Non-profit Web site links constituents with leaders
MCLEAN, Va. – For most Indian Americans interested in politics the rallying cry is that not enough members of the community are politically involved and the main effort is to make this happen. However, Shukoor Ahmed and Frank Islam go one step further. They feel that not enough Americans are involved in the political process, specifically voting, and they are using StateDemocracy.org to try and change that.
The Web site connects citizens with their lawmakers and lawmakers-to-be, both at the state and federal levels – in all 50 states. The site’s LobbyDelegates service provides a way for people to find out who their lawmakers are and quickly contact them by e-mail, fax or letter. On the voting site, the site packages all that is necessary to vote in any state: voter registration, absentee ballot applications, polling place locator, links to every state and local election board and election-day requirements, such as voting hours, identification requirements and write-in rules.
Following the increasing social networking phenomenon of the Web, StateDemocracy is on Facebook, myspace and LinkedIn and has created widgets that allow people to access its voter tools on many other Web sites. Facebook offers StateDemocracy’s voter registration, absentee ballot and poll locator tools.
“What we are trying to do is get our voter engagement tools out to all the different Web sites where people are going,” said Ken Laureys, executive director of the StateDemocracy Foundation, which is set up to run and finance StateDemocracy.org.
According to Laureys, the excitement and interest in the Presidential election, combined with the increasing role of the Internet, makes it a perfect time for StateDemocracy and what it offers.
“This year it is really unprecedented in the numbers of new voters that are coming into the system,” he said. Still, he believes, there is a major problem of most citizens not knowing who their lawmakers are and how to continue a dialogue with them after elections, particularly on the state level. With the mass media firmly entrenched in covering national politics, Laureys said StateDemocracy can make headway on the local level.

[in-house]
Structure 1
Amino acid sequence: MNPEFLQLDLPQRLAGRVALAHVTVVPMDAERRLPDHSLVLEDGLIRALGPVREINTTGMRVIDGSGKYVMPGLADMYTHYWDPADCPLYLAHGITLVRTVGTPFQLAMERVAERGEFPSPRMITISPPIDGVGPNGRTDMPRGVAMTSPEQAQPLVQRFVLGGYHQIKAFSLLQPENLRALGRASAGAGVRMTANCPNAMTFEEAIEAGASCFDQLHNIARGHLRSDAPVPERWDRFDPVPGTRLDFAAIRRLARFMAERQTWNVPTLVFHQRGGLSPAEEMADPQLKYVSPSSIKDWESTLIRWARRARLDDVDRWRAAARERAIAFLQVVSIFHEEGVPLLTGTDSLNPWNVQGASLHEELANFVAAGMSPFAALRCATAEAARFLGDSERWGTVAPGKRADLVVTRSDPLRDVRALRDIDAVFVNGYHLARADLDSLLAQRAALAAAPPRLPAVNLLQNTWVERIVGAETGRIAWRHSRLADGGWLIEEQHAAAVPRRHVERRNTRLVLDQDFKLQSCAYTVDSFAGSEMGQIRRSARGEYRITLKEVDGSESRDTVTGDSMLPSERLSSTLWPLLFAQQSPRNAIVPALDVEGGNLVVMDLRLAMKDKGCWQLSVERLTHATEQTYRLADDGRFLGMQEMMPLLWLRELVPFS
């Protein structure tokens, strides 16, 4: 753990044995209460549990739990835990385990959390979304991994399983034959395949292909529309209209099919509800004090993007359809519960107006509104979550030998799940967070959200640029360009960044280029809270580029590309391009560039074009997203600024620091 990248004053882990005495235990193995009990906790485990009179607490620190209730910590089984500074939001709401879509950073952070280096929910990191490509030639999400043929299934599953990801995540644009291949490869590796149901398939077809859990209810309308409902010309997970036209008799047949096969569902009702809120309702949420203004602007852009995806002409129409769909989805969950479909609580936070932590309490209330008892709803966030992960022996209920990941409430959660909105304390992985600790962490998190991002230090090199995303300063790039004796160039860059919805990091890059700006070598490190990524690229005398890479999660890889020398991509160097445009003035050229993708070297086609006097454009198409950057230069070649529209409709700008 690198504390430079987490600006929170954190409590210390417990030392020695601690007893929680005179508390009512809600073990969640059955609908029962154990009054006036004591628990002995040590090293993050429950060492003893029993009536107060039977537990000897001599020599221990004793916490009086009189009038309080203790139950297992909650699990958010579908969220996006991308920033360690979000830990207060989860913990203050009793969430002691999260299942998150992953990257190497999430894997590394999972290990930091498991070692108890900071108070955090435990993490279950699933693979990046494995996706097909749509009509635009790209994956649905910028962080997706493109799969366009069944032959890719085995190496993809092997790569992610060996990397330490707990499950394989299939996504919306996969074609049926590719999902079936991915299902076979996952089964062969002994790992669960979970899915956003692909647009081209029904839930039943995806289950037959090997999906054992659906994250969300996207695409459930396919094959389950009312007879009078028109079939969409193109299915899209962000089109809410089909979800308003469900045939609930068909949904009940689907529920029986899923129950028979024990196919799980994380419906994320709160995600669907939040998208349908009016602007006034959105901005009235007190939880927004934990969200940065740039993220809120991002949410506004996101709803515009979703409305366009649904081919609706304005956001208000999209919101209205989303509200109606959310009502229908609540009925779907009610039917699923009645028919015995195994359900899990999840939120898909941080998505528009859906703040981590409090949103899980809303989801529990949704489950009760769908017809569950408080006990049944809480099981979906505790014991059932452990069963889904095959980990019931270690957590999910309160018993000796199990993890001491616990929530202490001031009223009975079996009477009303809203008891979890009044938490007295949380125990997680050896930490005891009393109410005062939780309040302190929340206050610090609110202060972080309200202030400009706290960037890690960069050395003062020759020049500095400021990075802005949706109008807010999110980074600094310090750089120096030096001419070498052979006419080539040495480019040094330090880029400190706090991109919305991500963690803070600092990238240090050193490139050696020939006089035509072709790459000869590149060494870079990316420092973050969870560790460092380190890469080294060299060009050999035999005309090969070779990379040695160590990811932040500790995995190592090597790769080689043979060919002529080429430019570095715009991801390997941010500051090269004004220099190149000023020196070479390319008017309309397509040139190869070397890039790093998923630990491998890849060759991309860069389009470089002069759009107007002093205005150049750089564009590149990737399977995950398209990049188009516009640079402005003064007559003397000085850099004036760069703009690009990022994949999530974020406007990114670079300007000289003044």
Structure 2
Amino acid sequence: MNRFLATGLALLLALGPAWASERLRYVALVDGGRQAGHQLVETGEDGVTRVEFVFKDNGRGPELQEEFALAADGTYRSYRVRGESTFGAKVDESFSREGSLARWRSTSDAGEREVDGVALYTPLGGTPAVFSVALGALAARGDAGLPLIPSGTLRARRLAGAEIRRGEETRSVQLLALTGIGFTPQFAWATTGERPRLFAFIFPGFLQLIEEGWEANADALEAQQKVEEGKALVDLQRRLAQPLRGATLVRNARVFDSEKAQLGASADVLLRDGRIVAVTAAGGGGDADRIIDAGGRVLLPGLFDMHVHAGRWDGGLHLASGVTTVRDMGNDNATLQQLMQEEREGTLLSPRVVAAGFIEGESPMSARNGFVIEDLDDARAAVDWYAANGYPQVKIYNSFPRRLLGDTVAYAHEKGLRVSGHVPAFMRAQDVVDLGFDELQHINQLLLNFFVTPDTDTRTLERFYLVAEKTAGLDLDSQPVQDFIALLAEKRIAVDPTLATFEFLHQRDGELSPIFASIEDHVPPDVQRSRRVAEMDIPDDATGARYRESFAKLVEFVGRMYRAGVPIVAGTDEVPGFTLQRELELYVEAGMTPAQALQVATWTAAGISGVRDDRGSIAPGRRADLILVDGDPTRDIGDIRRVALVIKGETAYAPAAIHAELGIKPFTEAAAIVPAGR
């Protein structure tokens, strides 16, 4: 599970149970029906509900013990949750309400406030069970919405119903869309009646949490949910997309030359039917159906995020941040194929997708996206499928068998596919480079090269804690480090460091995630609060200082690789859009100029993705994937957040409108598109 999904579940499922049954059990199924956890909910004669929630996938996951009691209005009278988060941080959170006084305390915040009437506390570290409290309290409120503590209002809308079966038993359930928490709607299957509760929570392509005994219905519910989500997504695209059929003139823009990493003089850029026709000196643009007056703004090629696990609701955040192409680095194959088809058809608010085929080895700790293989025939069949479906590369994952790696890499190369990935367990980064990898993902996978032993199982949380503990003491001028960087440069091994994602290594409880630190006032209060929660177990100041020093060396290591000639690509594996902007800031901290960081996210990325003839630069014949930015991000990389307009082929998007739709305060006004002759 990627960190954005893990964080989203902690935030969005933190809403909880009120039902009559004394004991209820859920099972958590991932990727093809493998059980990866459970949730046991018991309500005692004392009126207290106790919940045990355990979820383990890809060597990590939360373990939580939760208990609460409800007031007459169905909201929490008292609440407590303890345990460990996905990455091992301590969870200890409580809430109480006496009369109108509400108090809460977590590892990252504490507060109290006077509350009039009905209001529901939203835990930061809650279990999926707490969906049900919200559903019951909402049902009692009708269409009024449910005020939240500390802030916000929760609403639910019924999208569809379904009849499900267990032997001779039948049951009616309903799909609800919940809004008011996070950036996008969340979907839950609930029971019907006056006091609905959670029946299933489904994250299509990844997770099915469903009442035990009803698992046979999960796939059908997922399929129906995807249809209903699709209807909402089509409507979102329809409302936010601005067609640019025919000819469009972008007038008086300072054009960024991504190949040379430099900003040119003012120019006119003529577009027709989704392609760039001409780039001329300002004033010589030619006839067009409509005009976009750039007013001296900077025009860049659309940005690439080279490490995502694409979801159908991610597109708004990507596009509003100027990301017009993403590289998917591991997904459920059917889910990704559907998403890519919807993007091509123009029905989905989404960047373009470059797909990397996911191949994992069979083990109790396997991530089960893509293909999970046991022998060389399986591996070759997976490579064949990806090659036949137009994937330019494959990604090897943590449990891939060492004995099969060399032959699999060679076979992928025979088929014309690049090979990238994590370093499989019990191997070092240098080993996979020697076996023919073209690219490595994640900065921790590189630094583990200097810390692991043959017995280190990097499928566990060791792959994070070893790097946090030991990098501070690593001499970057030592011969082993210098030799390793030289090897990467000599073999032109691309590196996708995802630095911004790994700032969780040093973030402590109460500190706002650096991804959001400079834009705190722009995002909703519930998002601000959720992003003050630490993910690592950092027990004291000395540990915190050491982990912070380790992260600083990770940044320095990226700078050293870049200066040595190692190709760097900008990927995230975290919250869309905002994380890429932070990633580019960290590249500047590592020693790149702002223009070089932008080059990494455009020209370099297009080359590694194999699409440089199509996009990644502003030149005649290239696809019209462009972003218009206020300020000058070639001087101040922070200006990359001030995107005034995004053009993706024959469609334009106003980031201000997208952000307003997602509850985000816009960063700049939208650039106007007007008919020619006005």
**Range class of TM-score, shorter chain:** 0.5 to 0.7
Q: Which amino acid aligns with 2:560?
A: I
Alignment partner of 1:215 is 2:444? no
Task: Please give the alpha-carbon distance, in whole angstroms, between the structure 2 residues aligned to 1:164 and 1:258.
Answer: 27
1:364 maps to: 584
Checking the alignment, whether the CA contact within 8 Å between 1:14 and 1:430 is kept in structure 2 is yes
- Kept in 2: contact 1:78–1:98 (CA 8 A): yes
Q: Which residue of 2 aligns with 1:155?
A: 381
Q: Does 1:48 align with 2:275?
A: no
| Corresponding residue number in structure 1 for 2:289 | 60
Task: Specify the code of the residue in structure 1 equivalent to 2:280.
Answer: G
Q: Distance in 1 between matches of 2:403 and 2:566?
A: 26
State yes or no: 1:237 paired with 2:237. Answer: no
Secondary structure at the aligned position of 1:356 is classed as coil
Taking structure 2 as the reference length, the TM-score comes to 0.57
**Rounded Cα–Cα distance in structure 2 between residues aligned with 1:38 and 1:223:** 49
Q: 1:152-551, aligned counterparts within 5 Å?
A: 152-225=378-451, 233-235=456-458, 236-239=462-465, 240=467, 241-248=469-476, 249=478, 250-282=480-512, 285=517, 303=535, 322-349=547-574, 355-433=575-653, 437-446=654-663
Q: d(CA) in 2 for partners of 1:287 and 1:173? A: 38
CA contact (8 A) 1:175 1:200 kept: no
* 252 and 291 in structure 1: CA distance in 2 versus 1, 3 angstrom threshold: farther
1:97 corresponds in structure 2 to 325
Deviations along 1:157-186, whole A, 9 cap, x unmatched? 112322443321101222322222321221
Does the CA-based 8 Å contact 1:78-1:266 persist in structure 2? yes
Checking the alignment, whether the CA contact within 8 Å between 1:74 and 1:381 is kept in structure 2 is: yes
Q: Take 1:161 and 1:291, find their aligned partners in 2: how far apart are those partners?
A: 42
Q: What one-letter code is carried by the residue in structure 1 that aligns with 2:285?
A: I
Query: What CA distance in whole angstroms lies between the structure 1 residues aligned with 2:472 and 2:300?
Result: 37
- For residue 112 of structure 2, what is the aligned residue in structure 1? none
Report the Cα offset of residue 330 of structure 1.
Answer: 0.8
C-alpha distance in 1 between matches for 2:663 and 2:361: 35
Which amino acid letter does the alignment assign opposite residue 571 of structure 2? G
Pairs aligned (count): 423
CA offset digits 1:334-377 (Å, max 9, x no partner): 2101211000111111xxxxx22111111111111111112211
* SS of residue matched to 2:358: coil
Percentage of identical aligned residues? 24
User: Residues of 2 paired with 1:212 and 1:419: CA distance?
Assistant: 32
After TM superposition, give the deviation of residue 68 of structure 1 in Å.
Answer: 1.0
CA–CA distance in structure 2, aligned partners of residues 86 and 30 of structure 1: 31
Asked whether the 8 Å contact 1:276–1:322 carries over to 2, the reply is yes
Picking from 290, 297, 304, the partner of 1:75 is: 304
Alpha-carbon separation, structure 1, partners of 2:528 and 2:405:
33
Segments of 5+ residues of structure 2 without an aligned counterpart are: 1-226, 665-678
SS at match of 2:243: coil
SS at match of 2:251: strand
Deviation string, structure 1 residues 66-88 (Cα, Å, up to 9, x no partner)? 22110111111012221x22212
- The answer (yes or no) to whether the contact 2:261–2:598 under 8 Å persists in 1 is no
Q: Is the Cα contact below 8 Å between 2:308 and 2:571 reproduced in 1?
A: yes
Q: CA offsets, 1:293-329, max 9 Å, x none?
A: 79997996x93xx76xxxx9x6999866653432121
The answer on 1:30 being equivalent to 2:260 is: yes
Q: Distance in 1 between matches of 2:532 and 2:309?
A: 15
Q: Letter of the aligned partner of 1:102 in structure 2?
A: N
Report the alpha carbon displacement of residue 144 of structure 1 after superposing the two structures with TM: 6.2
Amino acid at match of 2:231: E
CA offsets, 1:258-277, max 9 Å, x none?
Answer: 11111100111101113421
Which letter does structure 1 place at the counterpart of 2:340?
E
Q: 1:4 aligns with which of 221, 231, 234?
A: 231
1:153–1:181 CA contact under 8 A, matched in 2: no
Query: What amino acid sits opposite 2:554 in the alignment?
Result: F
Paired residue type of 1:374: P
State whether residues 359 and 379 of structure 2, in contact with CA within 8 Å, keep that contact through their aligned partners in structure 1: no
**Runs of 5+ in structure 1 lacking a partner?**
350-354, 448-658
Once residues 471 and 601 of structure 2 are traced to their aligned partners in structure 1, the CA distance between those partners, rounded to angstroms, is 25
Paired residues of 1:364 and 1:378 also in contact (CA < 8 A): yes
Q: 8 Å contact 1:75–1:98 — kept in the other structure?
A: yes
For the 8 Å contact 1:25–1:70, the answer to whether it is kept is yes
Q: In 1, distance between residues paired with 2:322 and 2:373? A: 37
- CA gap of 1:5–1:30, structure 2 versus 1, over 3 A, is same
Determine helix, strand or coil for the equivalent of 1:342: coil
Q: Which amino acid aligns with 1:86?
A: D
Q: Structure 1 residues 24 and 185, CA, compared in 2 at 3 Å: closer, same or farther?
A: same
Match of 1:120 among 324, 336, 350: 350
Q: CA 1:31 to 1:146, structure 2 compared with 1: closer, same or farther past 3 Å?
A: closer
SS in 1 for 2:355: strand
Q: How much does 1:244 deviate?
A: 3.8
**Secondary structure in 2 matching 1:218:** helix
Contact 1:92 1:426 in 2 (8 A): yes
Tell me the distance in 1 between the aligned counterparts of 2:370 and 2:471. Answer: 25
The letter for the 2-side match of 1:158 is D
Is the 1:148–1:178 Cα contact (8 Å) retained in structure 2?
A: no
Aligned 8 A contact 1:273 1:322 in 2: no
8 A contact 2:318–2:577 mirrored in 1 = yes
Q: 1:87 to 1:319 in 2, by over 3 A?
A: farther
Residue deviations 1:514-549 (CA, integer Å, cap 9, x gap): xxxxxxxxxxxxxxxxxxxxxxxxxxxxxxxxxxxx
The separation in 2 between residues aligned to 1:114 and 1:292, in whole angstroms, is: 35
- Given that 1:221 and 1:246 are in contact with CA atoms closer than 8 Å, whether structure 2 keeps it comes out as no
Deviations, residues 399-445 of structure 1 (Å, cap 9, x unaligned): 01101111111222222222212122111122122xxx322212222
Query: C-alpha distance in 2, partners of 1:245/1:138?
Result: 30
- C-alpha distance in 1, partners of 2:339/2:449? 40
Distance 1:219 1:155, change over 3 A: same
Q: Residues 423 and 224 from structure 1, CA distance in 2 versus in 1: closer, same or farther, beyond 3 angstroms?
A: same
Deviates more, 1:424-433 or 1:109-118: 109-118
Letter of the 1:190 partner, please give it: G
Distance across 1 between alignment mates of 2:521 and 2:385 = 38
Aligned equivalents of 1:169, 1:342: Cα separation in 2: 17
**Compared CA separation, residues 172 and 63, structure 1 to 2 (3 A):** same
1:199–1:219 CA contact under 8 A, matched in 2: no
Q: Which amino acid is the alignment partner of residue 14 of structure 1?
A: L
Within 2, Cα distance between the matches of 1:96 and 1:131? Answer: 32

“Here is where the Internet can do that segmentation and niche and have a role to play in informing people,” he said. “Once people start [looking into politics on a local level] they find out there is a lot of important things. … There are more things that are decided on the local level that affect you than on the national level.
“With technology you don’t have to do Annapolis or, if you are in Western Mass., you don’t have to go to Boston. You can virtually connect with your politicians,” he added.
Originally started by Ahmed in 1999 as part of his campaign to run for Maryland House of Delegates, StateDemocracy evolved and in 2001 Ahmed started the StateDemocracy Foundation to oversee the Web site. Since 2001, approximately 500,000 people have visited the site, with 150,000 registered users. In the last month, the site’s traffic has increased 400 percent, has seen 76 percent first-time users and had 120 widget packages downloaded to other sites. An average of 20 users are adding StateDemocracy’s voter tools to their Facebook profiles on a daily basis.
The success is a dream envisioned for Ahmed and he has put his money behind the venture, pumping $300,000 into StateDemocracy since 2001 through his V-Empower Inc. He started the Bowie, Md.-based Web-strategy firm in 1999. V-Empower provides services such as software development, application security consulting, Web development, e-commerce implementation and search engine optimization. The company also developed the Web-based tools that StateDemocracy uses. Customers include: Microsoft Corp., CA (formerly Computer Associates Inc.), Washington Suburban Sanitary Commission, Franklin McKinley Education Foundation and Prince George’s County.